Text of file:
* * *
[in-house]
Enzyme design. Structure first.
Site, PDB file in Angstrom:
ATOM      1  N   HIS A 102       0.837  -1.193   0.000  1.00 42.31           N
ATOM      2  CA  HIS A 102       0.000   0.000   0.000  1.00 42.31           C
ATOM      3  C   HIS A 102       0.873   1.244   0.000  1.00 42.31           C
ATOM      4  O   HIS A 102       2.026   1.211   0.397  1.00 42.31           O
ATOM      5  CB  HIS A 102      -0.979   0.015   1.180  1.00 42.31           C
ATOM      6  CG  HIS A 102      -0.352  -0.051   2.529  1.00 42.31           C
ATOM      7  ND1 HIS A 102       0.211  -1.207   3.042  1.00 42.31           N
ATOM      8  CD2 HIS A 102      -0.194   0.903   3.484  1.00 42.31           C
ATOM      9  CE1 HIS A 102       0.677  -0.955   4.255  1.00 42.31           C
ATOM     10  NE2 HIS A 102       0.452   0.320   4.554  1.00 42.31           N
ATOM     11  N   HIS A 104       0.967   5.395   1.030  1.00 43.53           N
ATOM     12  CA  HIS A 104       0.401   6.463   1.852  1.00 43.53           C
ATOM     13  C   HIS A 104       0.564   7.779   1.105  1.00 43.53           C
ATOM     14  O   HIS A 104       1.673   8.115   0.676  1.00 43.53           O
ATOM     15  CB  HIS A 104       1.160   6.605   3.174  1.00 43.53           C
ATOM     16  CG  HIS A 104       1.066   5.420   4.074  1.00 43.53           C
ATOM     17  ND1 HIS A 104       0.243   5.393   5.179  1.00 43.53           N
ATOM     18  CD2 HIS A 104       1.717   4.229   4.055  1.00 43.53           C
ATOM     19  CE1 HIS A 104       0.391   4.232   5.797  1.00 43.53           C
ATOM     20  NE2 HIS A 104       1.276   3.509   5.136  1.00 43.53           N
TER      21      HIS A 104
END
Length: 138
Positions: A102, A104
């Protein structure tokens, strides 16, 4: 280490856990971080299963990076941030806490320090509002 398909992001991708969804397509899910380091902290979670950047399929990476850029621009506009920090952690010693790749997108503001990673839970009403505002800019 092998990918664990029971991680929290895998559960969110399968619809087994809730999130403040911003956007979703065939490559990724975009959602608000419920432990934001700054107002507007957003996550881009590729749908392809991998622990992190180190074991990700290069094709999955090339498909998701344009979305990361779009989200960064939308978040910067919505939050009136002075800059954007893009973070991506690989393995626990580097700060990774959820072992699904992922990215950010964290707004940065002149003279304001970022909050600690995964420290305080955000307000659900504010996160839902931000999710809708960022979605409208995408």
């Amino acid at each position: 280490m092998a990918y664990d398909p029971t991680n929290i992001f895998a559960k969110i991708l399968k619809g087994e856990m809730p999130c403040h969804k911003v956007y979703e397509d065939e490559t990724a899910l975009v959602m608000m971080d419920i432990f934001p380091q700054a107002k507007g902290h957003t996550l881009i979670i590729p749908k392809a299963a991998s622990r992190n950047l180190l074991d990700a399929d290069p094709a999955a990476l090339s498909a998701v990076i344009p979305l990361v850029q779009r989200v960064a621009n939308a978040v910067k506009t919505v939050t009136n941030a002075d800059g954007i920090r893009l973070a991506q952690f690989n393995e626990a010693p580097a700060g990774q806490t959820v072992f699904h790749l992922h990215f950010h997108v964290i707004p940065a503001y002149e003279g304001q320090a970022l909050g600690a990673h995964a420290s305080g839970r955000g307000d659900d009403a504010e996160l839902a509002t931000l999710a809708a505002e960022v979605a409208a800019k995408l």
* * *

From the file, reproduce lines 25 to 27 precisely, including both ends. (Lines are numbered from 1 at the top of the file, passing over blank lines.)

END
Length: 138
Positions: A102, A104